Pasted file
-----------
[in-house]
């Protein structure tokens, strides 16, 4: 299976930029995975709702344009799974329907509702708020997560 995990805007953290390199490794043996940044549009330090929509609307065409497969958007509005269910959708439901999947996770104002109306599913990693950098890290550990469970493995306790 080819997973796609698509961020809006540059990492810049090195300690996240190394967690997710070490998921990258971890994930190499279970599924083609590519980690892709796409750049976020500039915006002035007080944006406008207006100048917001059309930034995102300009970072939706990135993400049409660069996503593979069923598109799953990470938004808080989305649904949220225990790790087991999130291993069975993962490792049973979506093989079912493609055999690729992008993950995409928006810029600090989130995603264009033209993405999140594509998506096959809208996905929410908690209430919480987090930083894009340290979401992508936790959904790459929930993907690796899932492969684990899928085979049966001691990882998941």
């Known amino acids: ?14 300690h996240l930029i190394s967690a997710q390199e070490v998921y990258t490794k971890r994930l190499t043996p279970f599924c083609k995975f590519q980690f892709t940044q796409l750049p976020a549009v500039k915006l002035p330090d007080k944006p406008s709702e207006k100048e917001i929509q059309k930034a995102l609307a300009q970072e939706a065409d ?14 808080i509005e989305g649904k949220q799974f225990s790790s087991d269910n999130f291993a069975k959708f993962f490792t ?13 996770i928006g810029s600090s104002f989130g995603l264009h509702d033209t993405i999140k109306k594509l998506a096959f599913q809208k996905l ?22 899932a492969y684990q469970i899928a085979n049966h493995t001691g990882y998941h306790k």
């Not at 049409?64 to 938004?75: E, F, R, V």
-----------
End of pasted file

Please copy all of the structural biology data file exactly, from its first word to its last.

[in-house]
């Protein structure tokens, strides 16, 4: 299976930029995975709702344009799974329907509702708020997560 995990805007953290390199490794043996940044549009330090929509609307065409497969958007509005269910959708439901999947996770104002109306599913990693950098890290550990469970493995306790 080819997973796609698509961020809006540059990492810049090195300690996240190394967690997710070490998921990258971890994930190499279970599924083609590519980690892709796409750049976020500039915006002035007080944006406008207006100048917001059309930034995102300009970072939706990135993400049409660069996503593979069923598109799953990470938004808080989305649904949220225990790790087991999130291993069975993962490792049973979506093989079912493609055999690729992008993950995409928006810029600090989130995603264009033209993405999140594509998506096959809208996905929410908690209430919480987090930083894009340290979401992508936790959904790459929930993907690796899932492969684990899928085979049966001691990882998941």
């Known amino acids: ?14 300690h996240l930029i190394s967690a997710q390199e070490v998921y990258t490794k971890r994930l190499t043996p279970f599924c083609k995975f590519q980690f892709t940044q796409l750049p976020a549009v500039k915006l002035p330090d007080k944006p406008s709702e207006k100048e917001i929509q059309k930034a995102l609307a300009q970072e939706a065409d ?14 808080i509005e989305g649904k949220q799974f225990s790790s087991d269910n999130f291993a069975k959708f993962f490792t ?13 996770i928006g810029s600090s104002f989130g995603l264009h509702d033209t993405i999140k109306k594509l998506a096959f599913q809208k996905l ?22 899932a492969y684990q469970i899928a085979n049966h493995t001691g990882y998941h306790k």
């Not at 049409?64 to 938004?75: E, F, R, V």